What to Know About Juvenile Drug Possession
If you are an adult and you’ve been charged with a drug possession crime, your case would go through the regular court system. This process works differently for minors, who typically go through the juvenile court system instead.
Any person under 18 who knowingly possess an illegal or controlled substance without a legal justification may be charged with juvenile drug possession. “Controlled substances” refer not only to drugs like marijuana or meth, but also certain prescription drugs if the juvenile does not have a prescription for those medications.
“Knowledge” and “control” are the two main elements of this crime. The juvenile must knowingly have the drug in his or her possession to be guilty of possessing it. The drug does not have to be physically on the person of the juvenile at the time of the search — a prosecutor simply needs to show the defendant had control over the area where the drugs were discovered. For example, the discovery of drugs in a minor’s school locker is enough to lead to a possession charge.
Penalties for juvenile drug possession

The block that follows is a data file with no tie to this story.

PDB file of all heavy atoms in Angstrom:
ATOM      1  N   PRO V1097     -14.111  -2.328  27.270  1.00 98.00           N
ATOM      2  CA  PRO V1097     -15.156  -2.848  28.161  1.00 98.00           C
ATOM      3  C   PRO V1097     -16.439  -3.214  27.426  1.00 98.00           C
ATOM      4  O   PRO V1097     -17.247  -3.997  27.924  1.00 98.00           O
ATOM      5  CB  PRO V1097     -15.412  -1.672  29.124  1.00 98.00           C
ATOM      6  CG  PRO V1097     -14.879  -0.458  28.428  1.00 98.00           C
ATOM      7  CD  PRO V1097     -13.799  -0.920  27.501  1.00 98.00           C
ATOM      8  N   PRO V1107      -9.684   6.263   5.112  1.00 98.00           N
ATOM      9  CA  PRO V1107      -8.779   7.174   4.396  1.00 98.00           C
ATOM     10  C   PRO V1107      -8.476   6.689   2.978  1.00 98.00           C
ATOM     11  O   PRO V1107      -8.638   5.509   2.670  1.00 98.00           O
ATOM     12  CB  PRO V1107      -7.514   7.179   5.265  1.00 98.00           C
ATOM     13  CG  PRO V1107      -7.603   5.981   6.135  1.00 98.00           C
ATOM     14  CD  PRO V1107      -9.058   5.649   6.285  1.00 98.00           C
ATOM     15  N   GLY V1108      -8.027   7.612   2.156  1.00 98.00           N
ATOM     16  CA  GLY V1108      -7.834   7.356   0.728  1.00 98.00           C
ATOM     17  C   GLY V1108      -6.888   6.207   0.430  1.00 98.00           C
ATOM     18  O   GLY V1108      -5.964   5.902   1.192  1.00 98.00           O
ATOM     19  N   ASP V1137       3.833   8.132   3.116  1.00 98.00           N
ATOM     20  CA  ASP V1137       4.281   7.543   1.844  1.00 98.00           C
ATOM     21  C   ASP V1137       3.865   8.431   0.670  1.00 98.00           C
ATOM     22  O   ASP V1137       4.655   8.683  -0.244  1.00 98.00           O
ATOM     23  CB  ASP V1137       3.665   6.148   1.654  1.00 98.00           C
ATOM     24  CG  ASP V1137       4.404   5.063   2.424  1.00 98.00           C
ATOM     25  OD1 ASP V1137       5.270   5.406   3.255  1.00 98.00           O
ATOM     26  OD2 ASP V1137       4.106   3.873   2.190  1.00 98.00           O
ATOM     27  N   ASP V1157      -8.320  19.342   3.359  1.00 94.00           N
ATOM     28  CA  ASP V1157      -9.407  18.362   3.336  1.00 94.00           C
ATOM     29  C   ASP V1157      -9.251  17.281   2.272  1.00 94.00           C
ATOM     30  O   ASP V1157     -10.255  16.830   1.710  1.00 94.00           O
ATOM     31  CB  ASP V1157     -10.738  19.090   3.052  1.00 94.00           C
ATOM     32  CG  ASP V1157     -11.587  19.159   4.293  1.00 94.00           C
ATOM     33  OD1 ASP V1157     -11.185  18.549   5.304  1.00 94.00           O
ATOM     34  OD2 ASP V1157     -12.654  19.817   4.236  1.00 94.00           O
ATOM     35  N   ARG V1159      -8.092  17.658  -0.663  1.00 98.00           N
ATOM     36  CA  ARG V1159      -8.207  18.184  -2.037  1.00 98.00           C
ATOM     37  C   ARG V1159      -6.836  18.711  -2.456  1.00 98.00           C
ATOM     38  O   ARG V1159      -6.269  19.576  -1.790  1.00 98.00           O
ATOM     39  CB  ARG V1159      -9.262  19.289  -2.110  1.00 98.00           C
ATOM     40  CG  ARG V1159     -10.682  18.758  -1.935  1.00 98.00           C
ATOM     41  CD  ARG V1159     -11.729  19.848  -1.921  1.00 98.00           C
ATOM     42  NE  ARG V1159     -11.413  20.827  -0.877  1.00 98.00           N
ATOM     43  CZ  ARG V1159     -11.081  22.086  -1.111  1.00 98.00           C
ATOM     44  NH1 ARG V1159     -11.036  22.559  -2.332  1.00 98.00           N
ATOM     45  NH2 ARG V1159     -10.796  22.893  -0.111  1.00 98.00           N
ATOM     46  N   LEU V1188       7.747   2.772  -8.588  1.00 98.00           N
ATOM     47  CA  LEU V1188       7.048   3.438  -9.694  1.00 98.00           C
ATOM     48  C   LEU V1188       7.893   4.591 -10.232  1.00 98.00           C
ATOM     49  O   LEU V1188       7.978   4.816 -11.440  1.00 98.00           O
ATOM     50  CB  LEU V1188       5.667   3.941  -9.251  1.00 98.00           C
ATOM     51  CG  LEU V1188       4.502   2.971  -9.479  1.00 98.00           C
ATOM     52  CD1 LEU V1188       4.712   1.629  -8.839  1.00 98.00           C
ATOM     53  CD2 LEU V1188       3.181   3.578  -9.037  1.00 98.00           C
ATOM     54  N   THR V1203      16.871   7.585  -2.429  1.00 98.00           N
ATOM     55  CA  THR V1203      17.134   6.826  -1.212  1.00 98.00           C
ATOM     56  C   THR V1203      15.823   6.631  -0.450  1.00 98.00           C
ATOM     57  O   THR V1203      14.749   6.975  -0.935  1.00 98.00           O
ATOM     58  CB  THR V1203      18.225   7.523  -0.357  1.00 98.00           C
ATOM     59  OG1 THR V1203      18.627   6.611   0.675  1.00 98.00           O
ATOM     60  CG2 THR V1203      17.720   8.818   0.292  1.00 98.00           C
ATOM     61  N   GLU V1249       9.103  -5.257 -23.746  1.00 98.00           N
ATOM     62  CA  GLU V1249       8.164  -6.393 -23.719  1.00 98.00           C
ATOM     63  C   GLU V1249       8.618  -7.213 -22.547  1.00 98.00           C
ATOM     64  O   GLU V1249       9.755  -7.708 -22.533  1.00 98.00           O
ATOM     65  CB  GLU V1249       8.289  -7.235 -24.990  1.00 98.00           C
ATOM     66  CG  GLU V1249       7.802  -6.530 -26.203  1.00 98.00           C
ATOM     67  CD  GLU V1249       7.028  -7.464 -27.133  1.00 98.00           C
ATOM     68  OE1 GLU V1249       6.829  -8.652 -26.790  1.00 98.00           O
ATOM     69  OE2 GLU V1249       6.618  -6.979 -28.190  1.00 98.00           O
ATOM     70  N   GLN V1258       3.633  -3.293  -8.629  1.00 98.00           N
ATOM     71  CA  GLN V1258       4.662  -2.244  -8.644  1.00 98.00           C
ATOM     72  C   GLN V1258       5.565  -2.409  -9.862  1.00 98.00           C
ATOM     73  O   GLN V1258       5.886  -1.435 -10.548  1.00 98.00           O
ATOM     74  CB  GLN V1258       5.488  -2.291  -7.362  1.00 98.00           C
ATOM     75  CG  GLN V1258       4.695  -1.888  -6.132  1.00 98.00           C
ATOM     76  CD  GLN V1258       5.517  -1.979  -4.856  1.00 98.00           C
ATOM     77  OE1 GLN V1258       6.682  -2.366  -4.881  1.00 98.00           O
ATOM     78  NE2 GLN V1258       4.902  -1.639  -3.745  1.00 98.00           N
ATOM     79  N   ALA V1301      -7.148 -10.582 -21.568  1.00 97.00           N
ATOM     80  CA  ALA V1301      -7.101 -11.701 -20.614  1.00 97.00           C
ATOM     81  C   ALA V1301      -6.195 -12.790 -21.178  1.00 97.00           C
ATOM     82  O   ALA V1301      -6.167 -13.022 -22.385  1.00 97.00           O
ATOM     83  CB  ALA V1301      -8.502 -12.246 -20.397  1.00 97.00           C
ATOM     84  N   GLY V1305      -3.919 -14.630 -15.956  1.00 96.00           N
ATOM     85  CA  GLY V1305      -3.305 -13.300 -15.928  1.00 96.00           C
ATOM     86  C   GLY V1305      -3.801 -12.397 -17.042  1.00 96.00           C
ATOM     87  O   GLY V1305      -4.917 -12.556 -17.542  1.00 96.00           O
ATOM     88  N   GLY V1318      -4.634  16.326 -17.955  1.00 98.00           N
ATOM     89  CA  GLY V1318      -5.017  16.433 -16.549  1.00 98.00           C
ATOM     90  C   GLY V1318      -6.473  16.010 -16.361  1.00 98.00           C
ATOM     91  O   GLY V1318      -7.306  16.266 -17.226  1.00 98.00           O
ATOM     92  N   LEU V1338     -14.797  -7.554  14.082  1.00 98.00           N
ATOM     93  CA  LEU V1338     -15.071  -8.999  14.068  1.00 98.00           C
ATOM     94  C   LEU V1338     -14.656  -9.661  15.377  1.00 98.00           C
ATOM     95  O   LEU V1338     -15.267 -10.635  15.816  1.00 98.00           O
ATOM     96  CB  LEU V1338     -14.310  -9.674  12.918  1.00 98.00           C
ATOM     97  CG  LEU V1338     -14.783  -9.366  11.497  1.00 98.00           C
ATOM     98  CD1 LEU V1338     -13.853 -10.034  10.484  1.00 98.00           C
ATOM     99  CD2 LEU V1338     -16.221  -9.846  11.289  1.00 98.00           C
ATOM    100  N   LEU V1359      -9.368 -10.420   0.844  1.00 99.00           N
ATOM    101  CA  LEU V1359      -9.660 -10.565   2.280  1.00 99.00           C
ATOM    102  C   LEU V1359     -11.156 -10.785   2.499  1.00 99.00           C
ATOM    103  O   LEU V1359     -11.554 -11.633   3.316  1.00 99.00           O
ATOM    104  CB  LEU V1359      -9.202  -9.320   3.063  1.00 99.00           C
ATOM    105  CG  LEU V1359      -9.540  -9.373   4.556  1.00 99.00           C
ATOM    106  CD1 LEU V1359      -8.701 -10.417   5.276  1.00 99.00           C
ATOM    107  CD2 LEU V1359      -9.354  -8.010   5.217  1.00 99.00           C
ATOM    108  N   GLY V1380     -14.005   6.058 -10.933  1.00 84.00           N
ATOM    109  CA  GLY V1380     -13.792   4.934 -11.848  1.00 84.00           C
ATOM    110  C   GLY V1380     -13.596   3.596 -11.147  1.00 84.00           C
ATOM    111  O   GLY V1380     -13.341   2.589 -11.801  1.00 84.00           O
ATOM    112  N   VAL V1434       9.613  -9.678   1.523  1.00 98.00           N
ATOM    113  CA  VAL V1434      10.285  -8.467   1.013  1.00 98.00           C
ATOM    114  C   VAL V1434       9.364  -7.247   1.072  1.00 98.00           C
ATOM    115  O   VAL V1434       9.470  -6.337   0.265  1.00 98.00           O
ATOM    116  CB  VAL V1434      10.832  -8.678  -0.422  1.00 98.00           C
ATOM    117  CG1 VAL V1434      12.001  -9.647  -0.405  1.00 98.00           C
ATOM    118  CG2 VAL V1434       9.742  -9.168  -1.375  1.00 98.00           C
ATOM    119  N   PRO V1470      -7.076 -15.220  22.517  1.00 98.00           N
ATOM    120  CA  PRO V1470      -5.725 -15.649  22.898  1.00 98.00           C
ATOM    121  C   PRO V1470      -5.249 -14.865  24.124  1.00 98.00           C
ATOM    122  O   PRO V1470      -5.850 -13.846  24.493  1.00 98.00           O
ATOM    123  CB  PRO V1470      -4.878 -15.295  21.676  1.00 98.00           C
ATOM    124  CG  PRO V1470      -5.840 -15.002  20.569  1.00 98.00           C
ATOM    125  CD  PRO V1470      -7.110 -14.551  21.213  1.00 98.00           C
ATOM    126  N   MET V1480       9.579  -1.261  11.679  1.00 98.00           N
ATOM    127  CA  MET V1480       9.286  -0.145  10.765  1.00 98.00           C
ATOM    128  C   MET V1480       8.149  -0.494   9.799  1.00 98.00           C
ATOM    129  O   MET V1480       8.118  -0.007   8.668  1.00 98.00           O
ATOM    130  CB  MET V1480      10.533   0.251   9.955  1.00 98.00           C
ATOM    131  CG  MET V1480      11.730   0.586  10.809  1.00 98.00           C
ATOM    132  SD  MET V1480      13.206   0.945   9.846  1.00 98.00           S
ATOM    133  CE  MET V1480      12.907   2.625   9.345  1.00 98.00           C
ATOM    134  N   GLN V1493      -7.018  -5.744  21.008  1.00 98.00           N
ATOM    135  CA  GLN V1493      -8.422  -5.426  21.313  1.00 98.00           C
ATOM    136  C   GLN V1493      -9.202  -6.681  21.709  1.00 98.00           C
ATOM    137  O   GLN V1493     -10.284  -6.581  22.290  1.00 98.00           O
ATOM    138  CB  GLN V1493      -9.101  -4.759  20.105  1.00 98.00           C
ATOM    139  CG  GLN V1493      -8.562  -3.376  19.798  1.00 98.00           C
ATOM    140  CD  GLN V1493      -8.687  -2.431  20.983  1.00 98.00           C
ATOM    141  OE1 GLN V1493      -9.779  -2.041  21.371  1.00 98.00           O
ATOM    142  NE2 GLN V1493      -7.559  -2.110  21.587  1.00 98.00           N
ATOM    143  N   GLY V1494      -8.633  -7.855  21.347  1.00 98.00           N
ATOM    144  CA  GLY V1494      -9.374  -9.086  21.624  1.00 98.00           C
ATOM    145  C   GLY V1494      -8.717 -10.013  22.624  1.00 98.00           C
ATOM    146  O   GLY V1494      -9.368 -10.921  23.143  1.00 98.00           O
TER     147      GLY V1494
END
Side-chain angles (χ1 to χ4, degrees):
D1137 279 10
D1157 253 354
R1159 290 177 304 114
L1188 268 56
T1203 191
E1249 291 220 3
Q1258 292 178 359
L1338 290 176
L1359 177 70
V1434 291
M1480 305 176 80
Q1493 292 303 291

Because juveniles do not go through the same legal process for drug crimes as adult, the penalties for possession are also different. Examples of common penalties include:
- Drug counseling: Juvenile courts tend to prioritize rehabilitation over punishment, and most judges will require young people to engage in some form of drug counseling.
- Probation: Juveniles may be placed on probation for drug possession. Under probation, they must comply with specific terms, such as regular school attendance, maintaining a job (if old enough), community service and/or participation in counseling.
- Diversion: Like probation, diversion requires juveniles to abide by certain conditions. However, it allows them to do so without having to go to court. This is a popular option for first-time offenders.
- Detention: In rare cases, minors can be ordered into detention for drug crimes, whether it is in the form of home confinement or placement in a detention facility.
To learn more about juvenile drug crimes and the penalties you or your child may face, meet with knowledgeable Reading criminal defense lawyer David R. Eshelman.